So it's back to work. I've already had some busying stuff to do, so I should probably get back to it. Back to the daily grind ...

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Friday, September 05, 2008

I've never been so alone, and I've never been so alive

Another work week has run its course. Most of the staff (at least the beer-drinking part) is out of the office today, so it's been pretty slow, and I'm not even sure there'll be Happy Hour this week. No matter: I was going to skip it anyway to go home at the regular time to hit the gym with Darren, and I don't need all those unhealthy, fattening, carb-loaded snacks anyway. Besides, getting healthy and hanging out with Darren seems like a much more fun prospect. Not that I don't enjoy schmoozing with my coworkers after hours: I'd rather get a good workout in and relax to bring in this weekend. Besides, I don't feel so bad about my Fridays when I go to the gym and work off the stress of the week.

And this weekend should prove to be one of relaxation. We're not going anywhere in particular (though we both agree we'd love to see my parents again like last weekend -- Mom said they will be at camp until Sunday evening) except the Boston Haymarket. We also hope to scour the suburbs for yard sales (or "yahd sales" as they say here) where we might find a cheap shelflike structure for our kitchen to put our appliances and save counter space. Our joint grocery account is growing slim, and we're in dire need of produce, so the Haymarket is the perfect place to go. Last time, we came away with pounds and pounds of fruits and vegetables for only $7! It all lasted about a week and a half. I'll bet that's because most of it is local produce and doesn't have to travel long distances to its final destination.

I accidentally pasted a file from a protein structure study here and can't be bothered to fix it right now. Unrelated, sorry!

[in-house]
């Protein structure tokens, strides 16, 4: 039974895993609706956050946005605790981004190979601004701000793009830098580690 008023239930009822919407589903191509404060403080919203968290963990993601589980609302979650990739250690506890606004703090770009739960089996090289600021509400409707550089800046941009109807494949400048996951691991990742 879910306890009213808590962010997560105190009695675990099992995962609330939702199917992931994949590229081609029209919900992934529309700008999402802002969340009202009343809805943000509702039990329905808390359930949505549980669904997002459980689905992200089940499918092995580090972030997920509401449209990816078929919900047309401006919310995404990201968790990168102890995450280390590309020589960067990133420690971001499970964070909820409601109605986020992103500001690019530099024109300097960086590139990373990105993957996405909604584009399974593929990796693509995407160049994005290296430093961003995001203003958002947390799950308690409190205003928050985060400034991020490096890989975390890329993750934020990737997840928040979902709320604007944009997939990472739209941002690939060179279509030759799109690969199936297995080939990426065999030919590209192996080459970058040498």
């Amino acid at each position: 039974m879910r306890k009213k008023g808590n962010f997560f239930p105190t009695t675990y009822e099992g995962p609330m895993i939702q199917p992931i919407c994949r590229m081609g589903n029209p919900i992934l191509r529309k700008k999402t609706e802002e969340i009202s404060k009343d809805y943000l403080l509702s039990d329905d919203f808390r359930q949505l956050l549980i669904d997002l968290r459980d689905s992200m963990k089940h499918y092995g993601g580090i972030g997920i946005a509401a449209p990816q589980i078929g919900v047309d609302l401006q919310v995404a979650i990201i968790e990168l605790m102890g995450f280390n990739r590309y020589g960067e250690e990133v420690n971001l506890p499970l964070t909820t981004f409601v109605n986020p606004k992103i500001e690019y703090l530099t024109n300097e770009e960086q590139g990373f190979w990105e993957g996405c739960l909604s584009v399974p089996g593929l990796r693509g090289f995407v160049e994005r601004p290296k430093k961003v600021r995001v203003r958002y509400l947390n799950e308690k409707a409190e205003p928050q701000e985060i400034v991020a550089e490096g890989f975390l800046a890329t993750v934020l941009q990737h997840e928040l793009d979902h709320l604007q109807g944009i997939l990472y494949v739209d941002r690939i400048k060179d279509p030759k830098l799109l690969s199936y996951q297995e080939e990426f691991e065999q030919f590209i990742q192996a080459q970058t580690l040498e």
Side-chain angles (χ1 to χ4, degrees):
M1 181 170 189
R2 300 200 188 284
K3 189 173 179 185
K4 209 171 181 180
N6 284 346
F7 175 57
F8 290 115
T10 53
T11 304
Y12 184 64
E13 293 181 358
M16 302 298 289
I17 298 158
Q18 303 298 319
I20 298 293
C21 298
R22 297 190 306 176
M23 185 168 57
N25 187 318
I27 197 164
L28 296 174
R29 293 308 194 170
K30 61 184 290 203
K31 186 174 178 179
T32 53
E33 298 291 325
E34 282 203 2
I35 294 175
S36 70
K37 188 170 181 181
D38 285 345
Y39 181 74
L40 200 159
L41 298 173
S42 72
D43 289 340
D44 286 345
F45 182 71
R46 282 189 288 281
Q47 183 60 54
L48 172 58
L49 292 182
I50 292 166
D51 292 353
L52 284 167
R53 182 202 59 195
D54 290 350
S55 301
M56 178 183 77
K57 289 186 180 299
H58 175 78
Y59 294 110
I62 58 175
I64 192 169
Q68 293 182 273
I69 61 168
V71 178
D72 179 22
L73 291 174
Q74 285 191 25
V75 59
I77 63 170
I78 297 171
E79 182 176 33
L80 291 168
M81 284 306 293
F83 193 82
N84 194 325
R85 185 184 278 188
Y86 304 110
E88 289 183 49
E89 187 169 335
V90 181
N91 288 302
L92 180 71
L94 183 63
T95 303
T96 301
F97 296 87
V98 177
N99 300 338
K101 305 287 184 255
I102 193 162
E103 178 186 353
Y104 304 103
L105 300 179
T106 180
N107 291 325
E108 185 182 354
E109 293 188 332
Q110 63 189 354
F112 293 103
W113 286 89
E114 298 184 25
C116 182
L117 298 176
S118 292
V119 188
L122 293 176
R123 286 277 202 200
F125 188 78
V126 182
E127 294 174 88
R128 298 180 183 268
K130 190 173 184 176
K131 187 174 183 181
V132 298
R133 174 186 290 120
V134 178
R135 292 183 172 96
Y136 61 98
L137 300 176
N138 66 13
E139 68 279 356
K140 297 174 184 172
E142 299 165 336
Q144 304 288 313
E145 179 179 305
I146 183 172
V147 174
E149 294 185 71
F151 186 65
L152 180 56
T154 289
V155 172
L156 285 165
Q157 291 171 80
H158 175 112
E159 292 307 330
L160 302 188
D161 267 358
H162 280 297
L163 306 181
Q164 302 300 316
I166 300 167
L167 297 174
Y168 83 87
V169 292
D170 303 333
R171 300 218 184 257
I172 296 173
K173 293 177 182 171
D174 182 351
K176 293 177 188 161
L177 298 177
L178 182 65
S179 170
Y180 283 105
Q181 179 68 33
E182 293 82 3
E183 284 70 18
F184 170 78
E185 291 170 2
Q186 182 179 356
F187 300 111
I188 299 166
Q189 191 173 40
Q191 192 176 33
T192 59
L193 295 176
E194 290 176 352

Darren and I are so alike: We took a day off from the gym yesterday to visit Savers to look for the shelf (unfortunately without success). As we drove there in my car, he mentioned how he didn't use to feel bad about taking a day off at the gym now and then, especially if he had done a full workout the day before. Now, he said, he feels bad if he misses even one day. I felt exactly the same way, only I couldn't find a way to express it until he said it. It's like we're on exactly the same wavelength all the time.

A trip to the FedEx down the street and I'm golden for the weekend. I intend on munching on some pita chips, working out at the gym, cooking/eating a delightful (albeit late) dinner, and hanging out with Darren, whatever that entails. Fall's approaching -- my favorite time of year! -- and so far I'm loving every minute of it.